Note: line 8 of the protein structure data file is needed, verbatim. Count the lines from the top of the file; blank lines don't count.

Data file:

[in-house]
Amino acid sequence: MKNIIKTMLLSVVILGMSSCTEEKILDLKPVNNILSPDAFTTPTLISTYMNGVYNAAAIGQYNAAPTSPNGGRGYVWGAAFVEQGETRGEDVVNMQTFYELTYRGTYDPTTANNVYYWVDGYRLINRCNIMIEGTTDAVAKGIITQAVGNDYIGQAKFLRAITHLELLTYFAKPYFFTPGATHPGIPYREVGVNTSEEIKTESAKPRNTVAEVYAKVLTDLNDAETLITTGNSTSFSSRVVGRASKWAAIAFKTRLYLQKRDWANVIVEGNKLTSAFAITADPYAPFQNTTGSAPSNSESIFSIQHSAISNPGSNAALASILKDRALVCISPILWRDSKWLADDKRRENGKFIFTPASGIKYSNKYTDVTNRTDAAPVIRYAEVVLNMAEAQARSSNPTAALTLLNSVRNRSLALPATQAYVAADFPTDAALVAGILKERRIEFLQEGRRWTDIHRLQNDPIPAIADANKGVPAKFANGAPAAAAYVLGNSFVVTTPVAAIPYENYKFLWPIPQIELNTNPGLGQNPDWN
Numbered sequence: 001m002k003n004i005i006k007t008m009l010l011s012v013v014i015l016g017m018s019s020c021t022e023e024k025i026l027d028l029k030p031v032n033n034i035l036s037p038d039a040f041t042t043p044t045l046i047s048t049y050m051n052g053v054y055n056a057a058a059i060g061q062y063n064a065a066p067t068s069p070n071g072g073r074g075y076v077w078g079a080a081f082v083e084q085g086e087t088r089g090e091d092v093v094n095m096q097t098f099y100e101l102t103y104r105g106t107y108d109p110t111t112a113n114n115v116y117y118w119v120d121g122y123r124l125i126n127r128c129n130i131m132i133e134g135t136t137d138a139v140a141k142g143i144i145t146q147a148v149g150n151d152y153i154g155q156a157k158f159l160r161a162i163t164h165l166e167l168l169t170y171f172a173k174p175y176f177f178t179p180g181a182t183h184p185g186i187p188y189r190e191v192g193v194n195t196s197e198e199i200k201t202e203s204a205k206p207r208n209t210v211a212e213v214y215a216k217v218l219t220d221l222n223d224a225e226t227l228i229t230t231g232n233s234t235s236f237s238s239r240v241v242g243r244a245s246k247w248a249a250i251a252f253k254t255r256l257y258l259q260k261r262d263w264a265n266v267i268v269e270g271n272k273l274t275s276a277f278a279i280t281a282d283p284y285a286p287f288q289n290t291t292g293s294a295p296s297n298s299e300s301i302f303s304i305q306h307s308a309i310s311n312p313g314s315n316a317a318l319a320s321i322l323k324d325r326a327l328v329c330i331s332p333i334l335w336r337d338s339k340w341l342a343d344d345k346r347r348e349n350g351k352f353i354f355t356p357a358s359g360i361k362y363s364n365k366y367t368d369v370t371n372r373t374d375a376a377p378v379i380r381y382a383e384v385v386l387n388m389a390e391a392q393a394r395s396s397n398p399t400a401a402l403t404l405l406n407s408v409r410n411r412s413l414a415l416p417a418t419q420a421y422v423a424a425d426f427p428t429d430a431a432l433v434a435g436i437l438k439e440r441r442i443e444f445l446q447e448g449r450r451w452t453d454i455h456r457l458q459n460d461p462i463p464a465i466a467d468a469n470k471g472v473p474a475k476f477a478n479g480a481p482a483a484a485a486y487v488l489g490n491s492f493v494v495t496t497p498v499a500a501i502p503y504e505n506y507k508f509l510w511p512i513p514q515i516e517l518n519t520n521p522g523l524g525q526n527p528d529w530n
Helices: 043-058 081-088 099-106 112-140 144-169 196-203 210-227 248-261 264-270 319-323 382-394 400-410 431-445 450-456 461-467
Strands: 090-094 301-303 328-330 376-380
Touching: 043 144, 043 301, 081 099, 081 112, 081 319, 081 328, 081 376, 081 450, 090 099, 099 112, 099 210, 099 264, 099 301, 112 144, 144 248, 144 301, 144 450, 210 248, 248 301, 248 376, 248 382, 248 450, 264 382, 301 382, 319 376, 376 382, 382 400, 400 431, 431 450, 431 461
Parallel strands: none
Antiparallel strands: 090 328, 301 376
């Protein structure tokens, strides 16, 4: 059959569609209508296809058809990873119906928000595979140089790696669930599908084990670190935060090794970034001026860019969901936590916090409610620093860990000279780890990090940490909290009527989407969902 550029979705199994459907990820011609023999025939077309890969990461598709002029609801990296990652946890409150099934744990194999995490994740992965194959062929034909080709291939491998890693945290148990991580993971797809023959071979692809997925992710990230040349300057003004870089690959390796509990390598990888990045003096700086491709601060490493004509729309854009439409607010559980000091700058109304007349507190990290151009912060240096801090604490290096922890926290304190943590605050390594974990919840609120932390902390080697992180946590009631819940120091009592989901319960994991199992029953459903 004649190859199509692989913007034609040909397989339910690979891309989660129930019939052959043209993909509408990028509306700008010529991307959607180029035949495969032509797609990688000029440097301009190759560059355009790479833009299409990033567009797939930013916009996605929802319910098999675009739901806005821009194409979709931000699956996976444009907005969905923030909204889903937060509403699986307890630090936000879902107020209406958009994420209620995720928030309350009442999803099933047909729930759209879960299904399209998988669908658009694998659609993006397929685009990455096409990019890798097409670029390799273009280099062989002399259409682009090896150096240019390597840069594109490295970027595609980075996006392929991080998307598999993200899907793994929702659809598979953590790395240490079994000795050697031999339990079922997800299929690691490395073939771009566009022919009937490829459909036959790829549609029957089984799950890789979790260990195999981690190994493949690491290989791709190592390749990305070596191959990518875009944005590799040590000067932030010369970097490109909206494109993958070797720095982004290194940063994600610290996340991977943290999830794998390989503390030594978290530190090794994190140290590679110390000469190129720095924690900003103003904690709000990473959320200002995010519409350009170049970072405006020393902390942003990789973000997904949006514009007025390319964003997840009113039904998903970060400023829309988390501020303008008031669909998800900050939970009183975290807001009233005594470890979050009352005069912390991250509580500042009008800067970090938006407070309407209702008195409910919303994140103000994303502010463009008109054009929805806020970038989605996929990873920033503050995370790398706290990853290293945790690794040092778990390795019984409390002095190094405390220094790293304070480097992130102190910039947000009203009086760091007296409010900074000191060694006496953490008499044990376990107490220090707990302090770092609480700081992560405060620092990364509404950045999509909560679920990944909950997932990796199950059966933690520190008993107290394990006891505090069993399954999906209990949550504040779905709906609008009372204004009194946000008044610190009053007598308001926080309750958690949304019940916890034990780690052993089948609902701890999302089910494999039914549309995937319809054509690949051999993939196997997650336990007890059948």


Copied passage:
Antiparallel strands: 090 328, 301 376